You may know that having diabetes raises your risk for atherosclerosis, or the narrowing of arteries caused by the buildup of fatty plaque. And you may have heard that atherosclerosis often affects the arteries near the heart, leading to angina or a heart attack.
But did you know that atherosclerosis can affect the arteries in other parts of the body, as well?
When atherosclerosis affects the arteries in your legs, it causes peripheral arterial disease, or PAD (also known as peripheral vascular disease). PAD can block blood flow in the legs, causing a cramping pain called intermittent claudication and slowing the healing of wounds on the feet. Wounds that can’t heal develop into ulcers, which may become infected or develop gangrene and require amputation.
A person with diabetes is 20 times more likely to develop PAD than someone without diabetes. The National Heart, Lung, and Blood Institute (NHLBI) estimates that 8-12 million Americans over the age of 50 have PAD. To raise awareness of the condition, the NHLBI has designated the week of September 18-22 “Stay in Circulation Week.” During this week, health organizations across the country will host events to raise awareness of PAD. Some organizations are partnering with the NHLBI to offer free PAD screenings. To find a screening site near you, check out the Web site of the Legs for Life program. Most of these screenings require advance registration.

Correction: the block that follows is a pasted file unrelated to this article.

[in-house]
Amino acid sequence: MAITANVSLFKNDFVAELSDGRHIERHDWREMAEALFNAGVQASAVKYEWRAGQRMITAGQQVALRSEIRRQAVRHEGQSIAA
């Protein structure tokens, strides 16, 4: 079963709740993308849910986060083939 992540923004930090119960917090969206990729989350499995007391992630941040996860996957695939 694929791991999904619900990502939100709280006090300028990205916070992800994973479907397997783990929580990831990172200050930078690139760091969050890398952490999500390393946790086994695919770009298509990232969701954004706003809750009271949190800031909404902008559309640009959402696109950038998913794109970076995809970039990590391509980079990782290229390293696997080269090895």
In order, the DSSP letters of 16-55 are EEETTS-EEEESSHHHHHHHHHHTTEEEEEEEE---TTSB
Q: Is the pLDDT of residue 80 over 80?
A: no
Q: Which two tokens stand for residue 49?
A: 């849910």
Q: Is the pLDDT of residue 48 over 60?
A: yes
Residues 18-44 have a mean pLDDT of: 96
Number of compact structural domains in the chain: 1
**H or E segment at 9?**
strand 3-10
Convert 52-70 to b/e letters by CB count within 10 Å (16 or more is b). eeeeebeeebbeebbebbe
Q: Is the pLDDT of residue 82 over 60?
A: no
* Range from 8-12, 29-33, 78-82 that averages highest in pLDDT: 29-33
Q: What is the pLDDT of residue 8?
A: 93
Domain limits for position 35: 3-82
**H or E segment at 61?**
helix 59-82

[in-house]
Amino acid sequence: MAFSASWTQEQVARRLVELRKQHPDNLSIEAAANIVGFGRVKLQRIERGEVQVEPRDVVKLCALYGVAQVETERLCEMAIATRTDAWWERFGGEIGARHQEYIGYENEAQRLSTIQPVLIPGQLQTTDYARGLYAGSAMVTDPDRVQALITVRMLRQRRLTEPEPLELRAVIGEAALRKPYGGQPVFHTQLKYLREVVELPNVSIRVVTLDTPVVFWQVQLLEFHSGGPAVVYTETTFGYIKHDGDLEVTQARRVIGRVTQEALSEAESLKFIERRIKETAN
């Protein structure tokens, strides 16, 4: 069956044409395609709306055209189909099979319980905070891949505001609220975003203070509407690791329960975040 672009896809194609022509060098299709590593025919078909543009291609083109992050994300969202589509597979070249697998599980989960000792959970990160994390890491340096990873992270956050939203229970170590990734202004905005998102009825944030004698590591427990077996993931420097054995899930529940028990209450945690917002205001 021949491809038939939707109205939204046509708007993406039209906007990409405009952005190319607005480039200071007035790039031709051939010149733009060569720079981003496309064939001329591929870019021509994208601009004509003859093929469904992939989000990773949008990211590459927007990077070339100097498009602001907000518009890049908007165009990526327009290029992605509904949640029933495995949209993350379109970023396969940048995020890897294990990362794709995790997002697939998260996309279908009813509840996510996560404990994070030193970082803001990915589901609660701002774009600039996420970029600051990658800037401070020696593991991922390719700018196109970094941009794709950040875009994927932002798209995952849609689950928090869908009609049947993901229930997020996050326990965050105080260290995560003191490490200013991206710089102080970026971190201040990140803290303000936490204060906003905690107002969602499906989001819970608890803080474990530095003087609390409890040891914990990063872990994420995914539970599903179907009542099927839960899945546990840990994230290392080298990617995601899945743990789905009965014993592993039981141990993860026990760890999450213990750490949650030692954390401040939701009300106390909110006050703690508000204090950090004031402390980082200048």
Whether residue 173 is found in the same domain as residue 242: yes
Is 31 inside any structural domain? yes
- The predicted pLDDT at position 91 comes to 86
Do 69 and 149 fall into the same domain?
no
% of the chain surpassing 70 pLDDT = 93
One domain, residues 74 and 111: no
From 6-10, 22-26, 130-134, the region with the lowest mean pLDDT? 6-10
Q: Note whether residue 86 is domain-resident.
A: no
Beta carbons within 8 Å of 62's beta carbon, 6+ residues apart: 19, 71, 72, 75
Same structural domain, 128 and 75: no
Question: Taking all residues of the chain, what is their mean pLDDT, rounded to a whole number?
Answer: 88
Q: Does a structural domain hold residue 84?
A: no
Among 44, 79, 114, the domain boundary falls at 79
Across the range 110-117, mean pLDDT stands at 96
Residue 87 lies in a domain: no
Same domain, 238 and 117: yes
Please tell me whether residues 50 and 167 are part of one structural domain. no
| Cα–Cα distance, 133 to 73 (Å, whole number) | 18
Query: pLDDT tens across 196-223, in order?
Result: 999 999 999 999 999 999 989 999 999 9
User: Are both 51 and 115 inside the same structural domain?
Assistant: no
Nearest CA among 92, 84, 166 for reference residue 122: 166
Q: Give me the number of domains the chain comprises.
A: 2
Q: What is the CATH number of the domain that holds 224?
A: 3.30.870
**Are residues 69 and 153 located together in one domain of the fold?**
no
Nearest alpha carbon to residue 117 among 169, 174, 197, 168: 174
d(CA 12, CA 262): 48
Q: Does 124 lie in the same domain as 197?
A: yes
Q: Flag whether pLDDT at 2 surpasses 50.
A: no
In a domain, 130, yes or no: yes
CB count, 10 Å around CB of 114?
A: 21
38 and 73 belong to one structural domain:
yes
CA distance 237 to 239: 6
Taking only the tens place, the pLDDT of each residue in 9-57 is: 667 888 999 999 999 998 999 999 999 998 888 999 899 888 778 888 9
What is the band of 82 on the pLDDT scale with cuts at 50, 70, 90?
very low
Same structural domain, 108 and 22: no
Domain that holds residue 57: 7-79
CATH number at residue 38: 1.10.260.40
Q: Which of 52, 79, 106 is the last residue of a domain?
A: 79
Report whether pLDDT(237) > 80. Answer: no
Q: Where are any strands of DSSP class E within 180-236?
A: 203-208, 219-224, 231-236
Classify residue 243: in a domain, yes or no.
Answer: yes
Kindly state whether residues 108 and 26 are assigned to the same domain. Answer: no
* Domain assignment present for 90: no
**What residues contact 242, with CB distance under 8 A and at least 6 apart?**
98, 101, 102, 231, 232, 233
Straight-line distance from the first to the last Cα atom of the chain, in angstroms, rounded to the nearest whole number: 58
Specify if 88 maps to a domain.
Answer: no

Whether you’re able to attend a screening or not, the NHLBI recommends learning more about PAD so that you can talk to your doctor about your risk. The Web site www.nhlbi.nih.gov/health/dci/Diseases/pad/pad_what.html is a good place to start.